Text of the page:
On the Egyptian political unrest, Clinton said the United States is monitoring the situation closely, but does not think the turmoil affects the stability of the Cairo government, a key U.S. ally.

"We support the fundamental right of expression and assembly for all people," said the secretary of state. "And we urge that all parties exercise restraint and refrain from violence.  But our assessment is that the Egyptian government is stable and is looking for ways to respond to the legitimate needs and interests of the Egyptian people."

Clinton said she and Foreign Minister Jiminez discussed how the United States and European Union can help Tunisia in its transition from authoritarian rule to democracy.

She said while the country has a "long way to go," she is encouraged, after contacts with leaders of the interim government in Tunis, about their commitment to inclusive elections to be held as soon as practicable.

NEW: Follow our Middle East reports on Twitter
and discuss them on our Facebook page.

You May Like

US Investors Eye IPO for China's Alibaba

E-commerce giant handled 80 percent of China's online business last year, logging more Internet transactions than US-based Amazon.com and eBay combined More

Video Uneasy Calm Settles Over Israel, Gaza Strip

As cease-fire begins, Palestinians celebrate in streets; Israelis remain wary More

Video Chinese Doctors Use 3-D Spinal Implant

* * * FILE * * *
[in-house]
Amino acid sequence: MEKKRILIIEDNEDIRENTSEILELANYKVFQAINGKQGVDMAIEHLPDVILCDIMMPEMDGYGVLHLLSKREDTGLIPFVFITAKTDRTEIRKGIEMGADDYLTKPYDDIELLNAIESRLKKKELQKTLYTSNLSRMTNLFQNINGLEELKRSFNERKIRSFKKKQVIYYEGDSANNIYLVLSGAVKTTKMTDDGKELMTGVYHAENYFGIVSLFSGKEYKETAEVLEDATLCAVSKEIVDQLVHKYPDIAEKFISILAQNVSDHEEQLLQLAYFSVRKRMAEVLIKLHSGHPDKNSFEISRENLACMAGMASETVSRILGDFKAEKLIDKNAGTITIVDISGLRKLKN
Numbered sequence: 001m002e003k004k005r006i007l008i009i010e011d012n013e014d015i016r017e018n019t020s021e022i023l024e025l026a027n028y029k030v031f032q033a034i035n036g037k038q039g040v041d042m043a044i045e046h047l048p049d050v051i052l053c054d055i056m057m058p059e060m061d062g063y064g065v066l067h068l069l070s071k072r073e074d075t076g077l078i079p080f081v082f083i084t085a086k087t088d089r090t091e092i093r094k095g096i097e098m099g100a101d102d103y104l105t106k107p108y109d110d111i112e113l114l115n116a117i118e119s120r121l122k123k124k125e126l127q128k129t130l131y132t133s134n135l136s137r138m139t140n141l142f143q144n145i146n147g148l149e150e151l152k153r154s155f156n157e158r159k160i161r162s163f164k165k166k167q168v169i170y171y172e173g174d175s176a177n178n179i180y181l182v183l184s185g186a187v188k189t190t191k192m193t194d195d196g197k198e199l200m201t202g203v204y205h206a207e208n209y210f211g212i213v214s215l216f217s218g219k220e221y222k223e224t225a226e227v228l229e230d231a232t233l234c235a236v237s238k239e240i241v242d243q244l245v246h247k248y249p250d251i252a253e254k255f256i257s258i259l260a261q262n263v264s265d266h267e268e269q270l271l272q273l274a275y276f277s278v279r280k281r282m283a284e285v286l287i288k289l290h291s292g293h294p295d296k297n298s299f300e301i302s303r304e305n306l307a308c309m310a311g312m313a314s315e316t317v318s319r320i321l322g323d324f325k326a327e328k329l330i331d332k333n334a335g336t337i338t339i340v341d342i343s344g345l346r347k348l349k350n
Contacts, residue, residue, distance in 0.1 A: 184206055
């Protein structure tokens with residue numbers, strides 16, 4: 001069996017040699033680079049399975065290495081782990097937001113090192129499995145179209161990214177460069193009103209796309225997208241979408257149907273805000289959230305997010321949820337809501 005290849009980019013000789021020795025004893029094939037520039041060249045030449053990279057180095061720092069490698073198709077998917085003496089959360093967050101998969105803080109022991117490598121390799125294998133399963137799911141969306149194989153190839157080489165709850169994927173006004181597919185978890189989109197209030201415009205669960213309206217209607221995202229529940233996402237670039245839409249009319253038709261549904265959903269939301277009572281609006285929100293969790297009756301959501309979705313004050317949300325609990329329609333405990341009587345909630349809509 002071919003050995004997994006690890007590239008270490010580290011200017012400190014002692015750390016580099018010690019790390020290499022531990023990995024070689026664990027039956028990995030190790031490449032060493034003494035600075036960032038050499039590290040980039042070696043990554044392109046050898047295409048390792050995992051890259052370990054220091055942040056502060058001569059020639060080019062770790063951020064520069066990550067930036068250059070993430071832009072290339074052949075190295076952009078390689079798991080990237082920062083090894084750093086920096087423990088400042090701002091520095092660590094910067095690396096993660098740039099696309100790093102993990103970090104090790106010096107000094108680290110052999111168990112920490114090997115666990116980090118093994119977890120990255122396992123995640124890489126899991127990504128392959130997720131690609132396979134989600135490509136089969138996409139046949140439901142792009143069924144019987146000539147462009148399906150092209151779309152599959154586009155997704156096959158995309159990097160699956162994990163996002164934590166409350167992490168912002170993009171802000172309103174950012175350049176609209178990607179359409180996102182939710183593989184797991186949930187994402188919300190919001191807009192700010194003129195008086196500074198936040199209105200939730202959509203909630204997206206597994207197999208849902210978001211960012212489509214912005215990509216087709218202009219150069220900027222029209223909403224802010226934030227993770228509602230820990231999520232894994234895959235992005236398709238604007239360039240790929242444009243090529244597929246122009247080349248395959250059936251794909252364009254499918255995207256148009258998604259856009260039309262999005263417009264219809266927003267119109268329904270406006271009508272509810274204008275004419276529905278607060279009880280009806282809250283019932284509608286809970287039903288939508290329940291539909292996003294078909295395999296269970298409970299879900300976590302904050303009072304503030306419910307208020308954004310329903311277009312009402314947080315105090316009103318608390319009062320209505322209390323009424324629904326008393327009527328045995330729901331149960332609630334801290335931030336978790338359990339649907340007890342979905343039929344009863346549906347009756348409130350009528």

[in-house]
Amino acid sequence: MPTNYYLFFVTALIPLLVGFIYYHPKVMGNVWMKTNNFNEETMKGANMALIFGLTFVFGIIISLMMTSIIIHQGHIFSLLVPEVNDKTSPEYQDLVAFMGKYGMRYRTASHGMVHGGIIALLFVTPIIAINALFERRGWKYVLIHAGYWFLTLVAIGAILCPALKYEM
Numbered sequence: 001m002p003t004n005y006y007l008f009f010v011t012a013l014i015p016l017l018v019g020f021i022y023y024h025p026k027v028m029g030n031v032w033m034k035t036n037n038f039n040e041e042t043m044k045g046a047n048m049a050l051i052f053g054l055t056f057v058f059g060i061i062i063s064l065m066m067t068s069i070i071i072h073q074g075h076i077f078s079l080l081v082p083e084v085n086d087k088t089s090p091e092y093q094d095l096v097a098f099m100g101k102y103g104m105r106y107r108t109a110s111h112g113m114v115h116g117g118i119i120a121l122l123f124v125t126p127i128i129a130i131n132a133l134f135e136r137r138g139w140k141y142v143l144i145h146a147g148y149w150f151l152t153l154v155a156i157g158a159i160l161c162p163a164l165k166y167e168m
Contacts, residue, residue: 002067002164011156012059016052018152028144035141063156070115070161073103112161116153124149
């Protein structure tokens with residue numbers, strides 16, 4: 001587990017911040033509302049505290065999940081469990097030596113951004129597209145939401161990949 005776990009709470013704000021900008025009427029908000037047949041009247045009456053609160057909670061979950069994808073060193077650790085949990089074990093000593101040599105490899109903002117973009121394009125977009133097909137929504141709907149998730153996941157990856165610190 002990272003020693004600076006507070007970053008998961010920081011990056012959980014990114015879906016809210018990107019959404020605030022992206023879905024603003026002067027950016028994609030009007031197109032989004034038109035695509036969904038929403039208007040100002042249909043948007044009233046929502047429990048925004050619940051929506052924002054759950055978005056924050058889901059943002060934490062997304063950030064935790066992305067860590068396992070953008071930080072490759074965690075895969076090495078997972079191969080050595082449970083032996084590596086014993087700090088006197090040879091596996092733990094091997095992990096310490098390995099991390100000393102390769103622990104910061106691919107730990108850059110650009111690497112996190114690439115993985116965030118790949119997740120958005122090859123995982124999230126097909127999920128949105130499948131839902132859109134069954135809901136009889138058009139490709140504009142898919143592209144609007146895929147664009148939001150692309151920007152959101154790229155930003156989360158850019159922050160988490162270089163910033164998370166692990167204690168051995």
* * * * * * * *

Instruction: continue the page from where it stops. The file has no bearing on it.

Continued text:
In treatment of a 12-year-old boy Chinese doctors used a 3-D printer and special software to create an exact replica of vertebra More

This forum has been closed.
Comments
     
There are no comments in this forum. Be first and add one

Featured Videos

Your JavaScript is turned off or you have an old version of Adobe's Flash Player. Get the latest Flash player.
Chinese Doctors Use 3-D Spinal Implanti
X
August 27, 2014 4:53 PM
A Chinese boy suffering from a debilitating bone disease has become the first patient with a part of his spine created in a three-dimensional printer. Doctors say he will soon regain normal mobility. VOA’s George Putic reports.
Video

Video Chinese Doctors Use 3-D Spinal Implant

A Chinese boy suffering from a debilitating bone disease has become the first patient with a part of his spine created in a three-dimensional printer. Doctors say he will soon regain normal mobility. VOA’s George Putic reports.
Video

Video Uneasy Calm Settles Over Israel, Gaza Strip

Israel and the Gaza Strip have been calm since a cease-fire set in Tuesday evening, ending seven weeks of hostilities. Hamas, which controls Gaza, declared victory. Israelis were more wart. VOA’s Scott Bobb reports from Jerusalem.